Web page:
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Section 8: Don't Hate

Section 8: Don't Hate


Interested in dipping your toe in the section 8 pool? Understanding the process is the first step.

Section 8, what is that? Sometimes it gets a bad rap, but it’ s a federal program that allows private landlords to rent properties at a fair market rate to qualified, low-income tenants. It is funded by the U.S. Department of Housing and Urban Development and is administered by local housing authorities in the city or county.

There are several requirements for landlords who want to accept section 8 (aka “the voucher program”) tenants.

  • Agree to accept the negotiated rent from the designated housing authority
  • Have a valid rental license and/ or a Use and Occupancy certificate
  • Have completed initial inspection before section 8 will agree to subsidize the property. Yearly inspections are subsequently required, usually safety based
  • Show proof of ownership
  • Show proof that taxes are paid
  • Encouraged but not required to take a landlord class

 In turn, there are requirements for the tenants as well.

  • Tenants must have a valid voucher. This is an agreement between the prospective tenant and the housing authority. There are term limits for the voucher holder to find a suitable property that meets the criteria of the voucher.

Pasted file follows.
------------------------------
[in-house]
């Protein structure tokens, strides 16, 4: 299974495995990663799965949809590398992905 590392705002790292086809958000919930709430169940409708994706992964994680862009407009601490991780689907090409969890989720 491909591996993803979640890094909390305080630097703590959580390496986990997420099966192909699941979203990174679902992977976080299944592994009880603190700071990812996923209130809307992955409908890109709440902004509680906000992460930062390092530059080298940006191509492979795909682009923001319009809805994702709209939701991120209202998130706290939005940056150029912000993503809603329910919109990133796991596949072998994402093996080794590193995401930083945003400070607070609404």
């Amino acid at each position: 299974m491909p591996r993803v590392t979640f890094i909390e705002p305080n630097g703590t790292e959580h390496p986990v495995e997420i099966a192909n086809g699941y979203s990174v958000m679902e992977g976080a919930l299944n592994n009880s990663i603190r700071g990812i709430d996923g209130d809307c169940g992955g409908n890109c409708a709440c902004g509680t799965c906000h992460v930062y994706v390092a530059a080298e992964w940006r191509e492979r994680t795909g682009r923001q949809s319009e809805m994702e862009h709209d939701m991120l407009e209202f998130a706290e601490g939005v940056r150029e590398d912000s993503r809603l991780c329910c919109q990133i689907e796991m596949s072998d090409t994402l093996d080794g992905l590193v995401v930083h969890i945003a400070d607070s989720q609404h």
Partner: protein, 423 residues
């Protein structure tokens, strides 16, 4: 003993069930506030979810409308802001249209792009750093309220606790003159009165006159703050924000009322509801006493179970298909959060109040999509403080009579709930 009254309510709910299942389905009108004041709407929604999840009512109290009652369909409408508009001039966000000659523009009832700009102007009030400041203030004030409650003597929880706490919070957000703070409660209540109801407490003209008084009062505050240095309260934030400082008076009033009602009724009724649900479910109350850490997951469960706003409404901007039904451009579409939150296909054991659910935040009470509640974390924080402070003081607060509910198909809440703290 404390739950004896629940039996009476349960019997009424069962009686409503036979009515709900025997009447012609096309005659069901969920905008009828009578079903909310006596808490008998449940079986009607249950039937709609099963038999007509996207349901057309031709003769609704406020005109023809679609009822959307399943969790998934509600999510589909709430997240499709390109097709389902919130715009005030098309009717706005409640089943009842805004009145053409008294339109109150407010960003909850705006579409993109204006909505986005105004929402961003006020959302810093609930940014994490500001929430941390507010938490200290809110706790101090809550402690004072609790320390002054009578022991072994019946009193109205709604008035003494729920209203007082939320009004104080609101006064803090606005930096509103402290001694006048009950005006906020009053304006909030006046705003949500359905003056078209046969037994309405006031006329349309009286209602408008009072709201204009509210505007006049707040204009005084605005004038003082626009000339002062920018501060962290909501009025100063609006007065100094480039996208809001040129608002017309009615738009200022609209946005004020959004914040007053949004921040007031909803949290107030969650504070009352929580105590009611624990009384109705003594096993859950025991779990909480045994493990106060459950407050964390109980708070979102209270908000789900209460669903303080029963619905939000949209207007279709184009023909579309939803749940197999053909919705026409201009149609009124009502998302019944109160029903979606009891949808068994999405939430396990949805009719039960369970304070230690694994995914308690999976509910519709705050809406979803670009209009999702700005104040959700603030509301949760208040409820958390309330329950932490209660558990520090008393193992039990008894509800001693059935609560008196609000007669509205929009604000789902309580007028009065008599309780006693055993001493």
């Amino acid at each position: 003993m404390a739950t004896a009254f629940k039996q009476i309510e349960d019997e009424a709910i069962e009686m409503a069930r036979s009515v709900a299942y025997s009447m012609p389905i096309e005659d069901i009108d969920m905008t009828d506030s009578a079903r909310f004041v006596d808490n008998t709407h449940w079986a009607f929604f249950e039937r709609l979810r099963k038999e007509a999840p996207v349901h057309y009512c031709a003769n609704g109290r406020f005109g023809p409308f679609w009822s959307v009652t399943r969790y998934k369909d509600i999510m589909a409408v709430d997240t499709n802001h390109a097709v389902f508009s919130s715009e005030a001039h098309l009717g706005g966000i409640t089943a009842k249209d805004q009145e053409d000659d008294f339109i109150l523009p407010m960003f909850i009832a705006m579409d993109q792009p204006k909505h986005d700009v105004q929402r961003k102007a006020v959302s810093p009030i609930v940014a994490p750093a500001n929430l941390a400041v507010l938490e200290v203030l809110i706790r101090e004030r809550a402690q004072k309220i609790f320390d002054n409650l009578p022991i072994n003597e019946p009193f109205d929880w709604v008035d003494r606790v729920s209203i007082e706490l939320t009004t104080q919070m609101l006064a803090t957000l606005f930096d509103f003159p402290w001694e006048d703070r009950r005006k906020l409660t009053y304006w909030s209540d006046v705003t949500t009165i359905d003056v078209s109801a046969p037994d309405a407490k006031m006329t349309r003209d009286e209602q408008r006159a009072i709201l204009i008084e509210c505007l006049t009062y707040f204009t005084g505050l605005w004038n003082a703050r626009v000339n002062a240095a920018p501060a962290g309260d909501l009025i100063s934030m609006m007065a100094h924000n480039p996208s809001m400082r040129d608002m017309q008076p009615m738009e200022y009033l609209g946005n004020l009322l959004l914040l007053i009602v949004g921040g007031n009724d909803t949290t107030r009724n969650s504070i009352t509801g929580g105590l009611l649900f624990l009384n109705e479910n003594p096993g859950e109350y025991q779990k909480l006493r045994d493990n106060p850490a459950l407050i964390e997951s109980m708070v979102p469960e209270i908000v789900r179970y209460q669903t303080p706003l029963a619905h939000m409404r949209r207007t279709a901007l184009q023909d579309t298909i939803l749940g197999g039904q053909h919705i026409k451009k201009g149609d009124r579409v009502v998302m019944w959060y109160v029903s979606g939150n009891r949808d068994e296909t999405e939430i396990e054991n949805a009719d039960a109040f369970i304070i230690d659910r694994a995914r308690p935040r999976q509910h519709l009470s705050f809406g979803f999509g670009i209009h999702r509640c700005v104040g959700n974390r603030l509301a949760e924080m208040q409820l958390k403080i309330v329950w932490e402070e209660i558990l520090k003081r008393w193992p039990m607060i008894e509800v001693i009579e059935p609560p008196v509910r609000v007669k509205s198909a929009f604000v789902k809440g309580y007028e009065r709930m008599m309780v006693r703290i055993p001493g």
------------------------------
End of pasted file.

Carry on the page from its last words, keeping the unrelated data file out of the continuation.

• Meet the requirements of the housing authority. These are usually family size and income. A tenant is usually working a full or part time job but is unable to sustain themselves and the family
  • An approved application from the landlord or management company. Background and credit checks are up to the individual landlord’s discretion.
  • All tenant forms completed and signed by the appropriate parties within the time period set by the housing authority

Disadvantages with Section 8.

  • Tenants might be unreliable and not respectful of the property. There may be housekeeping issues and a failure to keep up with yard work or snow removal. This might require a more constant eye on the property by the landlord or management company.
  • Many times, there are more repair requests for section 8 tenants.
  • If the tenant does have to pay a partial rent, they might neglect their responsibility.

Advantages with Section 8.

  • One large advantage to renting to a section 8: consistency. Because the rent is paid through the local municipality or county, it is guaranteed. It comes on time every month, same day, same amount. This can help with budgeting of repairs or annual expenses, two crucial items in terms of turning a profit.
  • The monthly rent price is often slightly higher than the average rents in the area. This incentivizes landlords who would normally shy away from the program to consider renting to the voucher holder.
  • Section 8 markets and advertises the units directly to their tenants.
  • Landlords can request a yearly increase in rent.
  • Section 8 tenants can be evicted. Landlords would go through the same process as if they had a self-paying tenant. Evictions are less common with section 8 tenants as this would threaten their ability to receive assistance through the program.

Because of the current real estate market both counties and Philadelphia are offering sign up bonuses for landlords who will take a section 8 voucher. Bonuses have been between $500-$1500.

If you think that renting to a section 8 tenant may be for you, please let us know. All our property managers are well versed in the procedures and paperwork that comes along with the voucher program.